newItem.link = body.link;
    if(!newItem.title) {
        return { 
            statusCode: 500, 
            body: 'title parameter required' 
        };
    }
    if(!newItem.link) {
        return { 
            statusCode: 500, 
            body: 'link parameter required' 
        };
    }
    let path = 'links.json';
    return octokit.repos.getContents({
      owner,
      repo,
      path
    }).then(res => {
      console.log(res);
      let buff = Buffer.from(res.data.content, 'base64');
      let linksRaw = buff.toString('utf-8');
      let linksJSON = JSON.parse(linksRaw);
      let message = 'Updated links';
      let content = '';
      let sha = res.data.sha;
      linksJSON.links.push(newItem);
      linksRaw = JSON.stringify(linksJSON);
      buff = Buffer.from(linksRaw);
      content = buff.toString('base64');
      return octokit.repos.createOrUpdateFile({
        owner,
        repo,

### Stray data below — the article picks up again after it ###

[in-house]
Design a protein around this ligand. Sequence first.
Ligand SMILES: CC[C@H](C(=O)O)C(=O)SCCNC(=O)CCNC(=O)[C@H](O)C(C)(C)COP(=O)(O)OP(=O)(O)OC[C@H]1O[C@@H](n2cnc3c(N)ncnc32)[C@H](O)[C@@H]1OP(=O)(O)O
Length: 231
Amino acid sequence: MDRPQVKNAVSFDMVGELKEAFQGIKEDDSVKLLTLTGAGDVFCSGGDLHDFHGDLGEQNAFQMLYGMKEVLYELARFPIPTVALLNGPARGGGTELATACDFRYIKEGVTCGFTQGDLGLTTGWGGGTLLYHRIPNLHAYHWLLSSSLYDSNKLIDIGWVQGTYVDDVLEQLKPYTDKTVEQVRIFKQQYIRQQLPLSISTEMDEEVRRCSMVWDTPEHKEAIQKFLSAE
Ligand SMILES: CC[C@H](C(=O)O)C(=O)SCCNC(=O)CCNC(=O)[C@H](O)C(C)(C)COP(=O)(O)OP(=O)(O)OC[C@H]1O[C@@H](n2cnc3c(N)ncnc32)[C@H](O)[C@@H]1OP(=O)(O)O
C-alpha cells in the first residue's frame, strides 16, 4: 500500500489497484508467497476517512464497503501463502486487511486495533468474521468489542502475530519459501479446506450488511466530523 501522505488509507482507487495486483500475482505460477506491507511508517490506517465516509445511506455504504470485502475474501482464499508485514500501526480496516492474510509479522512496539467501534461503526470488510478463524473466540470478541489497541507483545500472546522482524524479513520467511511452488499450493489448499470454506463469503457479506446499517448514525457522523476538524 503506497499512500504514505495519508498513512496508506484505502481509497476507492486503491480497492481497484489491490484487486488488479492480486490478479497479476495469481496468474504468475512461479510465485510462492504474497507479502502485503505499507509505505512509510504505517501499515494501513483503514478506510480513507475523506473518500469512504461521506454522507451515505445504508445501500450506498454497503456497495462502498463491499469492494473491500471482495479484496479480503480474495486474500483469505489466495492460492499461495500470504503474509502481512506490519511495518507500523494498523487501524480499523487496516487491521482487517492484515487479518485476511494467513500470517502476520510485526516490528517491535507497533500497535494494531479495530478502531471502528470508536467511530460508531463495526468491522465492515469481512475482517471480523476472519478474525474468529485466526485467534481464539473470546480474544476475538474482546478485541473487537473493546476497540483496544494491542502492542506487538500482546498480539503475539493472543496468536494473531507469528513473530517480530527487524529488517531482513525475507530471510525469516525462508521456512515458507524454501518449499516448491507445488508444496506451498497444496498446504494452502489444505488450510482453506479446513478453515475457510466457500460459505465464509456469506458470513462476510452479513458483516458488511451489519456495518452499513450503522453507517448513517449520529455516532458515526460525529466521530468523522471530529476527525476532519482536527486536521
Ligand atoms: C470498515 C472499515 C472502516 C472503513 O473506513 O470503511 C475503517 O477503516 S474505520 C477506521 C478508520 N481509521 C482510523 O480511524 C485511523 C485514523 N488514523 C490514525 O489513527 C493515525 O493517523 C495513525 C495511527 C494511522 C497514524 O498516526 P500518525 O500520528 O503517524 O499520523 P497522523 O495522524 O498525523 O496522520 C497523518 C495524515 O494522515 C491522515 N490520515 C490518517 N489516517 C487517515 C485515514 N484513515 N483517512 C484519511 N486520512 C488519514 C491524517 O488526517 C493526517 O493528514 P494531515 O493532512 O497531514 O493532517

path,
        message,
        content,
        sha
      }).then(res => {
        return {
          statusCode:200, 
          body: '{"success":"true"}'
        }
      })
    });


  } catch (err) {[]
    return { statusCode: 500, body: err.toString() };
  }

};

The first few lines import Octokit and set variables for the username and repository that I'll be connecting to. We begin the function by instantiating Octokit using the Netlify environment variable we set up earlier for auth. Next we do some very basic validation to ensure that a title and URL have been sent. After that, we use Octokit to call the GitHub API and get the existing contents of the file we intend to change, which is returned as Base64 (perhaps there's another method for this that doesn't return Base64, but this worked fine for my purposes). When that succeeds, we add the new item to the array, convert it back to JSON and then use Octokit to write the contents back to GitHub with a commit message.

Phew! 😫 Honestly, it was far easier to write than it is to explain.

Testing the Function

Now that the function is written, we can use Netlify Dev to run the function locally and a tool like Postman to test it. In my experience, testing of functions locally with Netlify Dev generally requires that the function exist on Netlify first, so if you haven't deployed the function yet, do so. After that, any changes can be tested locally without needing to redeploy. Once that's done, start the site locally using netlify dev, which will run the site as well as the functions for local testing.